SciTech Connect

    Wayne, R.A.

    1997-08-01

    The primary responsibility of an intrusion detection system (IDS) operator is to monitor the system, assess alarms, and summon and coordinate the response team when a threat is acknowledged. The tools currently provided to the operator are somewhat limited: monitors must be switched, keystrokes must be entered to call up intrusion sensor data, and communication with the response force must be maintained. The Virtual tower is an operator interface assembled from low-cost commercial-off-the-shelf hardware and software; it enables large amounts of data to be displayed in a virtual manner that provides instant recognition for the operator and increases assessment accuracy in alarm annunciator and control systems. This is accomplished by correlating and fusing the data into a 360-degree visual representation that employs color, auxiliary attributes, video, and directional audio to prompt the operator. The Virtual Tower would be a valuable low-cost enhancement to existing systems.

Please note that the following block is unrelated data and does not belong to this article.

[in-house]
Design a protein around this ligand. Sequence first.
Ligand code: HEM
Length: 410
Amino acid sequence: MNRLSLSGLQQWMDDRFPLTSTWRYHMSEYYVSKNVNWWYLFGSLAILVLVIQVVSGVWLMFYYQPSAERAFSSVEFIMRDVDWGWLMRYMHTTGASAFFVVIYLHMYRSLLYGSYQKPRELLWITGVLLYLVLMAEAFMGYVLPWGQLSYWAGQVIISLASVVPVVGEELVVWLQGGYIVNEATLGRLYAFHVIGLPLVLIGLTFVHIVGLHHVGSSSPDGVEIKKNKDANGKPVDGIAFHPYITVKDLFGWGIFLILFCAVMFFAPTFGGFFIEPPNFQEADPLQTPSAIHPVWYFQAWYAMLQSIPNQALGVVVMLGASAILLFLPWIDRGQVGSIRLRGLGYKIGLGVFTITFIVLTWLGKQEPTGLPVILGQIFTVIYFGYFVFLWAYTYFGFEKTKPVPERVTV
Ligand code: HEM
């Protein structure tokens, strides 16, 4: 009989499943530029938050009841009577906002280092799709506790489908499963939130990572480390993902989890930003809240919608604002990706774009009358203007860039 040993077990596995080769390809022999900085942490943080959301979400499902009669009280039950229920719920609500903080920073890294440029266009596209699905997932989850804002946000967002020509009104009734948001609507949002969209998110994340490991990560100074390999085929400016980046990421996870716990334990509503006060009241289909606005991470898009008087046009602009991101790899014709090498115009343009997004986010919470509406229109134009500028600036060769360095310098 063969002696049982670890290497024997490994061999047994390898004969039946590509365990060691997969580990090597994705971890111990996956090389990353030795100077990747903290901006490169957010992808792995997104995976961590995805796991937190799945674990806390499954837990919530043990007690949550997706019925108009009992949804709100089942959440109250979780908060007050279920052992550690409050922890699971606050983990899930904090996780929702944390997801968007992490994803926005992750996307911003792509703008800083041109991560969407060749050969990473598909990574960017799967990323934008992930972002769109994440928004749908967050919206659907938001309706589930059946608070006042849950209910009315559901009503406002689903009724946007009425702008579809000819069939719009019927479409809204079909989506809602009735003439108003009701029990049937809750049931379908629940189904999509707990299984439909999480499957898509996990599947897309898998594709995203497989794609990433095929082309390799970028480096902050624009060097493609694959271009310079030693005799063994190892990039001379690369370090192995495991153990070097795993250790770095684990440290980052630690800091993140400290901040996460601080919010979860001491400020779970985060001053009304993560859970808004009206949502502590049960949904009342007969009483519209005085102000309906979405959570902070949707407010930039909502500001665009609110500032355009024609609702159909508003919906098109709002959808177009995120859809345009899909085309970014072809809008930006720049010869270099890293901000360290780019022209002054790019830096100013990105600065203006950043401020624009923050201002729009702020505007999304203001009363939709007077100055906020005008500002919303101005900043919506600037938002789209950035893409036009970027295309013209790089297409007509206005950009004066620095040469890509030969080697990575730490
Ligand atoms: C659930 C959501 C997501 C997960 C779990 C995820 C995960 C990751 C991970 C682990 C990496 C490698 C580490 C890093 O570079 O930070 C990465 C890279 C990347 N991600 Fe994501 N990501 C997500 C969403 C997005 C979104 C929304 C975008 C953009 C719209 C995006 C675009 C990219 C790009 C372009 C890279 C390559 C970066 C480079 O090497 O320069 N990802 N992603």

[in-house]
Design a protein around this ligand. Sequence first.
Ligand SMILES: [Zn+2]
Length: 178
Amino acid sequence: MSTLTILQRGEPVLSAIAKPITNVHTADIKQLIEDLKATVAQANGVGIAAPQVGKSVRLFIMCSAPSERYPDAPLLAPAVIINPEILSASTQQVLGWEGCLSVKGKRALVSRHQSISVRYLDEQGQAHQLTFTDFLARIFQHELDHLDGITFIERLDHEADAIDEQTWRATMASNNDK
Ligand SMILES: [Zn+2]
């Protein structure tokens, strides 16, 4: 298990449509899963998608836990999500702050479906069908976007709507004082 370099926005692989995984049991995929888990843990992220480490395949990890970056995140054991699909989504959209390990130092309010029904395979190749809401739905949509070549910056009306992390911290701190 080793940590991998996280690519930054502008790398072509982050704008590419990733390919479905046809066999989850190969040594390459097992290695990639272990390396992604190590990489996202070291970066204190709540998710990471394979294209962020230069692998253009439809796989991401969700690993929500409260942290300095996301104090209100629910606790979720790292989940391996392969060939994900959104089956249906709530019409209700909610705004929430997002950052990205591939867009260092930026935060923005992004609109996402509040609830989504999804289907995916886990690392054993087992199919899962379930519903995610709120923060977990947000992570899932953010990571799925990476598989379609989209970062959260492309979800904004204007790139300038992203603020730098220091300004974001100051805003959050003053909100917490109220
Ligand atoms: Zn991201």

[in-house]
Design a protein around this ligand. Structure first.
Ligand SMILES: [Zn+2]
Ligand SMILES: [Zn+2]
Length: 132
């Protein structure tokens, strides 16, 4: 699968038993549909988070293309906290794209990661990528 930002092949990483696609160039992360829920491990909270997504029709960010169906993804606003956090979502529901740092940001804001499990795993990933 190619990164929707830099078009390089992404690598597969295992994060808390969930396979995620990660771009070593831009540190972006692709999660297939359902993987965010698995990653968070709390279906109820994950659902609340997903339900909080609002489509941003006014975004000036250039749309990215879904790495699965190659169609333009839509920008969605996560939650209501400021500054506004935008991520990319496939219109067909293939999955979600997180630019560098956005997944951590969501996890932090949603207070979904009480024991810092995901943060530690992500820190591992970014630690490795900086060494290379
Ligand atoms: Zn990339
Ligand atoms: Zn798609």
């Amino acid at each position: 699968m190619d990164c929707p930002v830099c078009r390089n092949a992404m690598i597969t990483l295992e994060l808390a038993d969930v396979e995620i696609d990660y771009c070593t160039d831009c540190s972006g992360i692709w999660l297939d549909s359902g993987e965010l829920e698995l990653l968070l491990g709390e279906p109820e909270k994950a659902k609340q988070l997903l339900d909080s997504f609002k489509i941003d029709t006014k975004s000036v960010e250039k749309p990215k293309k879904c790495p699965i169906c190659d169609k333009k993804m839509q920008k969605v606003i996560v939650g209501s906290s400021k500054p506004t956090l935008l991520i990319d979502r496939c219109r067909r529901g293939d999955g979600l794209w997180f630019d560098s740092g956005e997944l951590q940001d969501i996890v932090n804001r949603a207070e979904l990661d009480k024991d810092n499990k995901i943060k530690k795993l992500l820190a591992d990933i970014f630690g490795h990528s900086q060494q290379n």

20. Surface and Tower Meteorological Instrumentation at NSA Handbook - January 2006

    SciTech Connect

    MT Ritsche

    2006-01-30

    The Surface and Tower Meteorological Instrumentation at Atqasuk (METTWR2H) uses mainly conventional in situ sensors to measure wind speed, wind direction, air temperature, dew point and humidity mounted on a 10-m tower. It also obtains barometric pressure, visibility, and precipitation data from sensors at or near the base of the tower. In addition, a Chilled Mirror Hygrometer is located at 1 m for comparison purposes. Temperature and relative humidity probes are mounted at 2 m and 5 m on the tower. For more information, see the Surface and Tower Meteorological Instrumentation at Atqasuk Handbook.